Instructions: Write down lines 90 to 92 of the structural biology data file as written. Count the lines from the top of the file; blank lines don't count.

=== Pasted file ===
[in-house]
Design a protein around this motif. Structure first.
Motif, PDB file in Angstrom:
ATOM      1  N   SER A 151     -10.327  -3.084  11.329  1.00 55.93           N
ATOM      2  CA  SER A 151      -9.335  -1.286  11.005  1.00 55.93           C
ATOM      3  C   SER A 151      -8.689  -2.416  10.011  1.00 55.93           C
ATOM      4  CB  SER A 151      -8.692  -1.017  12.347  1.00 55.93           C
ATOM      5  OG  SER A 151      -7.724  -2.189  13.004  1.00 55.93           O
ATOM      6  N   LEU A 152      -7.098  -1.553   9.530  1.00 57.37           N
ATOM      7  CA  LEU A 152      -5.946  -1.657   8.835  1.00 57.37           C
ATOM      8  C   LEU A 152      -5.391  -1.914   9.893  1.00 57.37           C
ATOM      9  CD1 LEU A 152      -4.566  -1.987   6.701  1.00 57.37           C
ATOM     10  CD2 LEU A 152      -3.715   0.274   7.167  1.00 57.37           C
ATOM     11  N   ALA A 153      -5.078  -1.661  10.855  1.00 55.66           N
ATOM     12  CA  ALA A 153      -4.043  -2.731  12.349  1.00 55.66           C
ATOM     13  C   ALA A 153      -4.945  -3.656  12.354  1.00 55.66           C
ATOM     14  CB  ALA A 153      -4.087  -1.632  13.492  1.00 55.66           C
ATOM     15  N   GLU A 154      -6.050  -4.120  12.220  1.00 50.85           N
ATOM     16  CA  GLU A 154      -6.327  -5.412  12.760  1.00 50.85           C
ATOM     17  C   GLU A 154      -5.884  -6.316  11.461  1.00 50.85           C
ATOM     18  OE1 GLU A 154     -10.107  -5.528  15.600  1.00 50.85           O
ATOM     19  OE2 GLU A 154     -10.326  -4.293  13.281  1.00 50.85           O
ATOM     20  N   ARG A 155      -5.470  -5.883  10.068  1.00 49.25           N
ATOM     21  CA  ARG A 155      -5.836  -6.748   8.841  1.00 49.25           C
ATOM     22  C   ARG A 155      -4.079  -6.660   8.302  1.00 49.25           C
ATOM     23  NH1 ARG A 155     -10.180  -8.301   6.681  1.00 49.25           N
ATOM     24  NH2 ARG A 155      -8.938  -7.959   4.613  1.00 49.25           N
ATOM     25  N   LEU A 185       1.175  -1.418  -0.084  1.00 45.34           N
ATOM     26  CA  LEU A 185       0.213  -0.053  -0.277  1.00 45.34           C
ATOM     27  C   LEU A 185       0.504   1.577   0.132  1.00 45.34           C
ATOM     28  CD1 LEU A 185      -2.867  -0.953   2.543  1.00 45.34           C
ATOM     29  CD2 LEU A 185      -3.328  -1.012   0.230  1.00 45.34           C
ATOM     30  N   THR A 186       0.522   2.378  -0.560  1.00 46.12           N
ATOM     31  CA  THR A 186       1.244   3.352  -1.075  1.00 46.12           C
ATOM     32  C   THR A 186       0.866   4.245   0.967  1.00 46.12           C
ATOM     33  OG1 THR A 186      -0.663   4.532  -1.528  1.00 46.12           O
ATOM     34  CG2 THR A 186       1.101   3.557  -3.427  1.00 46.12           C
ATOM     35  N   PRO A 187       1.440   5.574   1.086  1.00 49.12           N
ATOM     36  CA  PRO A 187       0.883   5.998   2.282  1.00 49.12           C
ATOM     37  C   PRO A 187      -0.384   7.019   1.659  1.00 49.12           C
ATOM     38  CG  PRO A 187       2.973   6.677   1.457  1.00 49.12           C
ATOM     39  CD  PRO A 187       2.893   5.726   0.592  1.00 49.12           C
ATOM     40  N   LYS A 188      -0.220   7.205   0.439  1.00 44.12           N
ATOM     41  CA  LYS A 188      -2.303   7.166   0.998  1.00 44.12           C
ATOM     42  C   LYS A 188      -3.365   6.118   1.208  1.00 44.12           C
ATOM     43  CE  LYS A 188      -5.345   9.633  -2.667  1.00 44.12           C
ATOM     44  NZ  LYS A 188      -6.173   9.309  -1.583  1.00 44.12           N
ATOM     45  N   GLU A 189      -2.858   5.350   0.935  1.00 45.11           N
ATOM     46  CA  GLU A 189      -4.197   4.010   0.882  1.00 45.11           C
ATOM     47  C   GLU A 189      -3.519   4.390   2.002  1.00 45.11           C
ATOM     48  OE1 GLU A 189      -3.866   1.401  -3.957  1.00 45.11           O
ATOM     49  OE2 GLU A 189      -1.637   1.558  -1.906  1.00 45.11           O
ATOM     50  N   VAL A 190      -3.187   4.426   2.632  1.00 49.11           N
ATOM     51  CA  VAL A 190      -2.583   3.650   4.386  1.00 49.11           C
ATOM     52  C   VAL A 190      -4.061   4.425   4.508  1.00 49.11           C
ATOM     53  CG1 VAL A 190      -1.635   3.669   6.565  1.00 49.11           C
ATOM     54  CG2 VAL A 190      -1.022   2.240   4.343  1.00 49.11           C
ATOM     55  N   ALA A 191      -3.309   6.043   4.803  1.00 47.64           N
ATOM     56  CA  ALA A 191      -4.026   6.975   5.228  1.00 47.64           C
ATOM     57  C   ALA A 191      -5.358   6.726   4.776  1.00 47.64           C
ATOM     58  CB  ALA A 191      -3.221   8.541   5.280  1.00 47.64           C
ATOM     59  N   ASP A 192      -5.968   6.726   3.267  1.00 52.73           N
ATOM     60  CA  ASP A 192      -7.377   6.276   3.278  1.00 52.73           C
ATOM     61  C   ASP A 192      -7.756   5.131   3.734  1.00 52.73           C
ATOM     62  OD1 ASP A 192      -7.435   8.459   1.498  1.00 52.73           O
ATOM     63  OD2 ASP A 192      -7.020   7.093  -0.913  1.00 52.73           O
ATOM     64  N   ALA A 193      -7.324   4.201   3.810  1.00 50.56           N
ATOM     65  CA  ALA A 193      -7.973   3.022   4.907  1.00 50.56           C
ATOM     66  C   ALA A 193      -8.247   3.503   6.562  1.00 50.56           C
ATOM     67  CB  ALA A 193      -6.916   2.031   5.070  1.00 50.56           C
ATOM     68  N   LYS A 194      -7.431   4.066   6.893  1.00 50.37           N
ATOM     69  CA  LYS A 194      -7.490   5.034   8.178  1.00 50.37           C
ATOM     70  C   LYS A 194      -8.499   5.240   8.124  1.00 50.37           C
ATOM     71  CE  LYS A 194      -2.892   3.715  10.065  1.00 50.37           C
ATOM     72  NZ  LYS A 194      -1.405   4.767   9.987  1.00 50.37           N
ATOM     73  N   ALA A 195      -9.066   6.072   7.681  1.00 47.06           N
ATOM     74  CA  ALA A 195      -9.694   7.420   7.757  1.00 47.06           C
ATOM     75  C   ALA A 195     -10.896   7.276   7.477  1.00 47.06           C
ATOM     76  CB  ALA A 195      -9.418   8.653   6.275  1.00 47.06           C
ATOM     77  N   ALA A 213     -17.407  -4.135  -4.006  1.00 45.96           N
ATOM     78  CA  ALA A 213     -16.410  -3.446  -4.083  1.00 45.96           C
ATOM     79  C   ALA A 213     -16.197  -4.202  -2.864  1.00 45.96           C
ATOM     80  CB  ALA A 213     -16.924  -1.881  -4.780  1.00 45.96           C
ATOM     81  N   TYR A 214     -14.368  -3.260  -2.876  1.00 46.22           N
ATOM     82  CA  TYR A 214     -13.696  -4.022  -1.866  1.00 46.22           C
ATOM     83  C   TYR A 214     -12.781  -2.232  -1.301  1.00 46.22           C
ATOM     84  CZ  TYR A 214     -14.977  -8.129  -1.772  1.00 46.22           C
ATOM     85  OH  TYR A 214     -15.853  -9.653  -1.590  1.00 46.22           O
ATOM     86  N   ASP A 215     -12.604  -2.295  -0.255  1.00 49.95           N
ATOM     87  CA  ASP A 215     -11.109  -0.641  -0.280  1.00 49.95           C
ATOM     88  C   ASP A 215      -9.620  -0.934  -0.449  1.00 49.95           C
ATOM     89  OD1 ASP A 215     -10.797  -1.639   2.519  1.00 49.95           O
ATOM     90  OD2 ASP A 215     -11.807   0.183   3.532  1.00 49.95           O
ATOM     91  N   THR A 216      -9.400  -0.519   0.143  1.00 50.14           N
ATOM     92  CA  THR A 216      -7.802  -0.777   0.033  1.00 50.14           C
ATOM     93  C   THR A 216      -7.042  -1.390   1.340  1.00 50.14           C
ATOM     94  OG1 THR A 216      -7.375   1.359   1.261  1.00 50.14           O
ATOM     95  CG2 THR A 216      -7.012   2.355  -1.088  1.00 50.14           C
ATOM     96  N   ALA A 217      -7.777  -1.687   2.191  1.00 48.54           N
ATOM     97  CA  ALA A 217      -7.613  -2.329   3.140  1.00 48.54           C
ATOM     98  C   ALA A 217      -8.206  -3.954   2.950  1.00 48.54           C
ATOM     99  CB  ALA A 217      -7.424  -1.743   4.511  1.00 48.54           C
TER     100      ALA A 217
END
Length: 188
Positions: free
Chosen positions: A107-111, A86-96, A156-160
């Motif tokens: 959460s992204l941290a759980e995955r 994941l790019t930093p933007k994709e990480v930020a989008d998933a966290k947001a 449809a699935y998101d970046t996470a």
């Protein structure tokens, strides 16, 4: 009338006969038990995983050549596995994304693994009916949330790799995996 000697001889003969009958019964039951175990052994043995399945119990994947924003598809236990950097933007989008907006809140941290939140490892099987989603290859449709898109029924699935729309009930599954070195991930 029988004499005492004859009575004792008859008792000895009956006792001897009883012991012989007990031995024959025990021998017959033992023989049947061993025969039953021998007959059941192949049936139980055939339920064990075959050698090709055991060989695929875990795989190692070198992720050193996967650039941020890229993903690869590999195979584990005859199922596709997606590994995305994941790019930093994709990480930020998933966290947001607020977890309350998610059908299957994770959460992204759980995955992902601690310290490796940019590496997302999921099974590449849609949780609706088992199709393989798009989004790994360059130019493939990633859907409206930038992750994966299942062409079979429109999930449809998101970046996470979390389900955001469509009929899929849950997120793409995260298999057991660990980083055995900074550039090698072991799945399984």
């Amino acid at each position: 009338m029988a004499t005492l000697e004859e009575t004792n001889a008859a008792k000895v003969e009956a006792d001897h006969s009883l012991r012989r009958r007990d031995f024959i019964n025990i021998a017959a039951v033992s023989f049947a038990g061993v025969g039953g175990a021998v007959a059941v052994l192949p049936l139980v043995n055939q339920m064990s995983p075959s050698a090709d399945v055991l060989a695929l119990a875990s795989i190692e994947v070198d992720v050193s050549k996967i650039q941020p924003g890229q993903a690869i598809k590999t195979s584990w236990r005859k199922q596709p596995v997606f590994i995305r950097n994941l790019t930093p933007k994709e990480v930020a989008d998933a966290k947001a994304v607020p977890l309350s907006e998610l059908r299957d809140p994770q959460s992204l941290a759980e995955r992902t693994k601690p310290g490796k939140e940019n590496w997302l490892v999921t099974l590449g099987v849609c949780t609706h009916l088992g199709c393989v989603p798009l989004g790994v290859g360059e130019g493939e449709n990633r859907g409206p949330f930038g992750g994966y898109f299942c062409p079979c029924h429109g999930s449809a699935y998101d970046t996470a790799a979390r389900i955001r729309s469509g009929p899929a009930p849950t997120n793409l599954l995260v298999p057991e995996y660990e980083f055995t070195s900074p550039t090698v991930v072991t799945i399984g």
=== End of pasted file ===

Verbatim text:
ATOM     87  CA  ASP A 215     -11.109  -0.641  -0.280  1.00 49.95           C
ATOM     88  C   ASP A 215      -9.620  -0.934  -0.449  1.00 49.95           C
ATOM     89  OD1 ASP A 215     -10.797  -1.639   2.519  1.00 49.95           O